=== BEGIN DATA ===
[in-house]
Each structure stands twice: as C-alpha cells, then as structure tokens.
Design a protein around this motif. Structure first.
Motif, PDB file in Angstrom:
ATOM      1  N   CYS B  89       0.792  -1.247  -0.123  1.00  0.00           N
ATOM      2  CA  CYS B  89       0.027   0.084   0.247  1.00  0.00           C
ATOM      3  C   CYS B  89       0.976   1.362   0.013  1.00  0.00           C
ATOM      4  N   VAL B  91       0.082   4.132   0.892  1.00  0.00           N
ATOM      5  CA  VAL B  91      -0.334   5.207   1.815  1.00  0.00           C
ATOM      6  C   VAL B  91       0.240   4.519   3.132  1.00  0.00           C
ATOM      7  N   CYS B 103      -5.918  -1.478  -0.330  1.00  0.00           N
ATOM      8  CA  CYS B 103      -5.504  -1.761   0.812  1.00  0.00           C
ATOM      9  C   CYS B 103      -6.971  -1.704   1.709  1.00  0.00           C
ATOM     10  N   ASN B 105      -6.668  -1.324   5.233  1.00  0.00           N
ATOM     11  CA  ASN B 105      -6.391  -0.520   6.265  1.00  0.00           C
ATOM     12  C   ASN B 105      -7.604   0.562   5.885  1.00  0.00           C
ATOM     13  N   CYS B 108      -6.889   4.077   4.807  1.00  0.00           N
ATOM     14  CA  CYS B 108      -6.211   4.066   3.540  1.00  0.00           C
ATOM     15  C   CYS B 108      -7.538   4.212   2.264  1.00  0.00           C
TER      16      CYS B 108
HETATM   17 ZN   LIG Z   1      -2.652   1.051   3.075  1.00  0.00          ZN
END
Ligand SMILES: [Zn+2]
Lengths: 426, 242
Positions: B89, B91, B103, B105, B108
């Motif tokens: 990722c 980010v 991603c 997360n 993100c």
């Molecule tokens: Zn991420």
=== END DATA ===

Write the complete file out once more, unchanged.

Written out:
[in-house]
Each structure stands twice: as C-alpha cells, then as structure tokens.
Design a protein around this motif. Structure first.
Motif, PDB file in Angstrom:
ATOM      1  N   CYS B  89       0.792  -1.247  -0.123  1.00  0.00           N
ATOM      2  CA  CYS B  89       0.027   0.084   0.247  1.00  0.00           C
ATOM      3  C   CYS B  89       0.976   1.362   0.013  1.00  0.00           C
ATOM      4  N   VAL B  91       0.082   4.132   0.892  1.00  0.00           N
ATOM      5  CA  VAL B  91      -0.334   5.207   1.815  1.00  0.00           C
ATOM      6  C   VAL B  91       0.240   4.519   3.132  1.00  0.00           C
ATOM      7  N   CYS B 103      -5.918  -1.478  -0.330  1.00  0.00           N
ATOM      8  CA  CYS B 103      -5.504  -1.761   0.812  1.00  0.00           C
ATOM      9  C   CYS B 103      -6.971  -1.704   1.709  1.00  0.00           C
ATOM     10  N   ASN B 105      -6.668  -1.324   5.233  1.00  0.00           N
ATOM     11  CA  ASN B 105      -6.391  -0.520   6.265  1.00  0.00           C
ATOM     12  C   ASN B 105      -7.604   0.562   5.885  1.00  0.00           C
ATOM     13  N   CYS B 108      -6.889   4.077   4.807  1.00  0.00           N
ATOM     14  CA  CYS B 108      -6.211   4.066   3.540  1.00  0.00           C
ATOM     15  C   CYS B 108      -7.538   4.212   2.264  1.00  0.00           C
TER      16      CYS B 108
HETATM   17 ZN   LIG Z   1      -2.652   1.051   3.075  1.00  0.00          ZN
END
Ligand SMILES: [Zn+2]
Lengths: 426, 242
Positions: B89, B91, B103, B105, B108
């Motif tokens: 990722c 980010v 991603c 997360n 993100c």
């Molecule tokens: Zn991420």